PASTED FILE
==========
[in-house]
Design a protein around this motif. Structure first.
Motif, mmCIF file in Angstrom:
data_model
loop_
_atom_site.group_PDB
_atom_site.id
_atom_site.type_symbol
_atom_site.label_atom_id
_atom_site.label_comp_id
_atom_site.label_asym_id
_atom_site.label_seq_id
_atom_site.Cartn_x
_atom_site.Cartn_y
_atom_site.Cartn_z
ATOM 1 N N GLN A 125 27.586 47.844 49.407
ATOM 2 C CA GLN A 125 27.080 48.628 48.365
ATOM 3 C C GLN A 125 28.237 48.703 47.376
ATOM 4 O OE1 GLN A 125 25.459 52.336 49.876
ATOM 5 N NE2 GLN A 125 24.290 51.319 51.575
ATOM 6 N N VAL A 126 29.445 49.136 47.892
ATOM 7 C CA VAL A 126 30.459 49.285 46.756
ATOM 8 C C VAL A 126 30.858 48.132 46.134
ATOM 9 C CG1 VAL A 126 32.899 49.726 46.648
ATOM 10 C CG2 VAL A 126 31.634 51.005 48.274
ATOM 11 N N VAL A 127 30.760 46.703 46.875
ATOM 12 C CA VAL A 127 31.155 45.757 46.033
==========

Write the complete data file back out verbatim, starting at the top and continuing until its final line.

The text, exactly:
[in-house]
Design a protein around this motif. Structure first.
Motif, mmCIF file in Angstrom:
data_model
loop_
_atom_site.group_PDB
_atom_site.id
_atom_site.type_symbol
_atom_site.label_atom_id
_atom_site.label_comp_id
_atom_site.label_asym_id
_atom_site.label_seq_id
_atom_site.Cartn_x
_atom_site.Cartn_y
_atom_site.Cartn_z
ATOM 1 N N GLN A 125 27.586 47.844 49.407
ATOM 2 C CA GLN A 125 27.080 48.628 48.365
ATOM 3 C C GLN A 125 28.237 48.703 47.376
ATOM 4 O OE1 GLN A 125 25.459 52.336 49.876
ATOM 5 N NE2 GLN A 125 24.290 51.319 51.575
ATOM 6 N N VAL A 126 29.445 49.136 47.892
ATOM 7 C CA VAL A 126 30.459 49.285 46.756
ATOM 8 C C VAL A 126 30.858 48.132 46.134
ATOM 9 C CG1 VAL A 126 32.899 49.726 46.648
ATOM 10 C CG2 VAL A 126 31.634 51.005 48.274
ATOM 11 N N VAL A 127 30.760 46.703 46.875
ATOM 12 C CA VAL A 127 31.155 45.757 46.033